Faster, higher, stronger: Big data will get Olympic workout
Image credit: Reuters
The Olympics revels in structured data. The games measure thousands of athletes competing in hundreds of events. Whether or not they set a record, every contestant in every competition makes his or her mark, often with attendant metadata such as that day's wind speed or temperature.
But the Olympics' structured data goes far beyond the winners and losers who snagged gold, silver, bronze, or nothing at all. It includes how many spectators arrived to witness the sport, what they spent, where, and for what. As with every one of these quadrennial spectacles, this data will be queried to determine whether the Olympics validated London's investment.
Big data also has a role to play. It can be used by authorities to help coordinate public transport to match the traffic flows at the games. For example, Transport for London is considering monitoring anonymized location data from mobile phone locations to estimate the volume and direction of pedestrian traffic for real-time monitoring of where and when the throngs will need transport.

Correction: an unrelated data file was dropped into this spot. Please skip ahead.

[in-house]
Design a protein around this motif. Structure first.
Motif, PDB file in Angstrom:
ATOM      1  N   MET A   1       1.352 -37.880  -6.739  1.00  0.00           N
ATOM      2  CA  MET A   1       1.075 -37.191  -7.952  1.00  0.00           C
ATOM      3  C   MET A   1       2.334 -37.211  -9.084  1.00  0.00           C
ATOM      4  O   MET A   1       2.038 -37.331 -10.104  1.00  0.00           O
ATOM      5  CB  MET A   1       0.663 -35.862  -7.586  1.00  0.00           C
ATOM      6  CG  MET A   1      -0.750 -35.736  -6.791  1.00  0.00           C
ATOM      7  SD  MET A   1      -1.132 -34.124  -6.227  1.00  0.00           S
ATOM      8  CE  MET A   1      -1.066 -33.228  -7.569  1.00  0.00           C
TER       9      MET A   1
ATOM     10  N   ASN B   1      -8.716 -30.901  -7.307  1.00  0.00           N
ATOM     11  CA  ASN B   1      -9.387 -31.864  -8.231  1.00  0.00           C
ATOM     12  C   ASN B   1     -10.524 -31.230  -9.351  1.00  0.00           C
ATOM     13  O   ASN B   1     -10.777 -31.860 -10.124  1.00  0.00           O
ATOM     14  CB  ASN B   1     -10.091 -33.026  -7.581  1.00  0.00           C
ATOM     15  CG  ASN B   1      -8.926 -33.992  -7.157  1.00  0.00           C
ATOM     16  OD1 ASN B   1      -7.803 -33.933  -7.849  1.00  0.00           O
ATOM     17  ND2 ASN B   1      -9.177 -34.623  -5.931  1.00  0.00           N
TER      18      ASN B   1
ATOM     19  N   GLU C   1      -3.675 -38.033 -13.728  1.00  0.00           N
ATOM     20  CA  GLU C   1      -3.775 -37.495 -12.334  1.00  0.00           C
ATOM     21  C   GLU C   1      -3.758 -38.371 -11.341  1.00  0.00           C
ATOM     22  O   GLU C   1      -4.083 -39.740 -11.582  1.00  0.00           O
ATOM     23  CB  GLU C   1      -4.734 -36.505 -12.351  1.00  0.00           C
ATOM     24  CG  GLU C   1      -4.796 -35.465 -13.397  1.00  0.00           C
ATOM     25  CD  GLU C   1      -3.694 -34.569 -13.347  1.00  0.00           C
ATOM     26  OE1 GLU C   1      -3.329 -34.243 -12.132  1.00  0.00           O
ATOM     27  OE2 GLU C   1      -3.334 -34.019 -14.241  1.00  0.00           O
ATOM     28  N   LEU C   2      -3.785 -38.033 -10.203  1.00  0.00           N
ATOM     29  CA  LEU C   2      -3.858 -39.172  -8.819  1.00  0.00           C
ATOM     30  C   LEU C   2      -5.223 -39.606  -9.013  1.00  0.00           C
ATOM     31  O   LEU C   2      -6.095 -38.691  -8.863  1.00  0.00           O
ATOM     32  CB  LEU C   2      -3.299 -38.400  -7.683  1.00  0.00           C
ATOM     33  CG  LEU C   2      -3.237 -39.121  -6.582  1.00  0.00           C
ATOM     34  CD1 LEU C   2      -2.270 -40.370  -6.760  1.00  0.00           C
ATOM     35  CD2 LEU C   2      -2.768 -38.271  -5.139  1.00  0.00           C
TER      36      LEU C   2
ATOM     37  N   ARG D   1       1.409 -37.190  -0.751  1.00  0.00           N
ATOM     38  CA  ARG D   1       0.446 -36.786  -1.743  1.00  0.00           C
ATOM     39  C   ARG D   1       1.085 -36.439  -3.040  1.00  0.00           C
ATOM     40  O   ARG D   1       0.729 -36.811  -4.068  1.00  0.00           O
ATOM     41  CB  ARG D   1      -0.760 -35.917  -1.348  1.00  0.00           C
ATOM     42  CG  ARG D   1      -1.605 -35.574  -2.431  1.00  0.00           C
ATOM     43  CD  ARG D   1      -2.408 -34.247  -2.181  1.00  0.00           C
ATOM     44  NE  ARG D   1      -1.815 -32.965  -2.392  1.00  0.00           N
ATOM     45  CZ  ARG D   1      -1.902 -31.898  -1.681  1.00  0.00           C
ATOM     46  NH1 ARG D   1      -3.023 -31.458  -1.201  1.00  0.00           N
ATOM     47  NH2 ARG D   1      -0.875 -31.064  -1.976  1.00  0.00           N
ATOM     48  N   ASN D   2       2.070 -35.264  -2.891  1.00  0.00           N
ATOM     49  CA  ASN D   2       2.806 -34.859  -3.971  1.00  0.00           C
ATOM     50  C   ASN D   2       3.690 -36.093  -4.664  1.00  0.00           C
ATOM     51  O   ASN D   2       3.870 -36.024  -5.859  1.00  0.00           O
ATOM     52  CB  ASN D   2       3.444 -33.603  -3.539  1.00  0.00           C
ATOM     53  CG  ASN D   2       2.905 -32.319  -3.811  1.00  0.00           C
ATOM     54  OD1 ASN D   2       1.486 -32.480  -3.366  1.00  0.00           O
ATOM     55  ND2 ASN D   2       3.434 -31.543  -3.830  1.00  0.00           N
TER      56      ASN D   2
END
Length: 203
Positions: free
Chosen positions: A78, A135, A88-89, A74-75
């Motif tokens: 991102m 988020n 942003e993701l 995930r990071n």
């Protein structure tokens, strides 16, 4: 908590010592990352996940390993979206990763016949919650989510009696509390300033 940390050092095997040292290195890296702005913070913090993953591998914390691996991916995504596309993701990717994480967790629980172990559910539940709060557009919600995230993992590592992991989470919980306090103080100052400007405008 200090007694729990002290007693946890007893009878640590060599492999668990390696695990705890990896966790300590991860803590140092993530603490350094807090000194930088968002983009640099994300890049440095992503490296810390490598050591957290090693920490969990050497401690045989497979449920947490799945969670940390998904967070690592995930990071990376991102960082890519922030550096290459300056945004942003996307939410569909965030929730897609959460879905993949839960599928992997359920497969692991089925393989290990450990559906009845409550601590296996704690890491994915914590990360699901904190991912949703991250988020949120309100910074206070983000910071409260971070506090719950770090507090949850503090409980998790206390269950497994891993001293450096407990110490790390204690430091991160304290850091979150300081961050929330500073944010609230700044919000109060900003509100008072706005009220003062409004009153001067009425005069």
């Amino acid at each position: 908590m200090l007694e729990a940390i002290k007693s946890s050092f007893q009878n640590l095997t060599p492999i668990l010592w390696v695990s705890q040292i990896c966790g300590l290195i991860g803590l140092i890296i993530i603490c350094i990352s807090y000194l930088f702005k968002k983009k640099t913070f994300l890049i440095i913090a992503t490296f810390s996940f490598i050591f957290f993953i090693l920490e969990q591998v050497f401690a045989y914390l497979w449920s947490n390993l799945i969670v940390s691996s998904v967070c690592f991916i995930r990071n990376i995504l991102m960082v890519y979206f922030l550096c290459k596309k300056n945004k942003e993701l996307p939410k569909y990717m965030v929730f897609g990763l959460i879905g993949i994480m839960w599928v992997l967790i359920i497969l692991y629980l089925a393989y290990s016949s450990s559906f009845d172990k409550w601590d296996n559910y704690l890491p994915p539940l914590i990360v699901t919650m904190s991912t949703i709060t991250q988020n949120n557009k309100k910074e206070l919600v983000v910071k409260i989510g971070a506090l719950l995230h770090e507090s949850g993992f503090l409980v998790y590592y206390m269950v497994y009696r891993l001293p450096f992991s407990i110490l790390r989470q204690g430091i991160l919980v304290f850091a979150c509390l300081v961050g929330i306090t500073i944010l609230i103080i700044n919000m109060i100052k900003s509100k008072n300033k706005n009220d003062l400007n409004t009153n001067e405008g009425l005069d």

In addition, authorities will be keeping track of social networks and the video feeds from the many CCTV cameras around the sport venues and the city for security purposes. There are reports that authorities will apply facial recognition technology to preempt trouble by identifying in advance known criminals ranging from pickpockets to terrorists.
Social networks' unstructured data may also yield a post-Olympics windfall. Companies and Olympic organizers will be able to analyze what worked and what didn't during the 2012 London extravaganza. By sifting through peoples' in-the-moment observations about everything from locations of loos and food stalls to the availability of bandwidth and handicapped services. This knowledge can then be applied at the Rio de Janeiro Olympics in 2016 as well as other major sporting events such as the World Cup or the Super Bowl.
There will be many notable victories in sport this summer in London. Most will be plastered on the front pages of newspapers around the globe. But one unsung hero will be big data.
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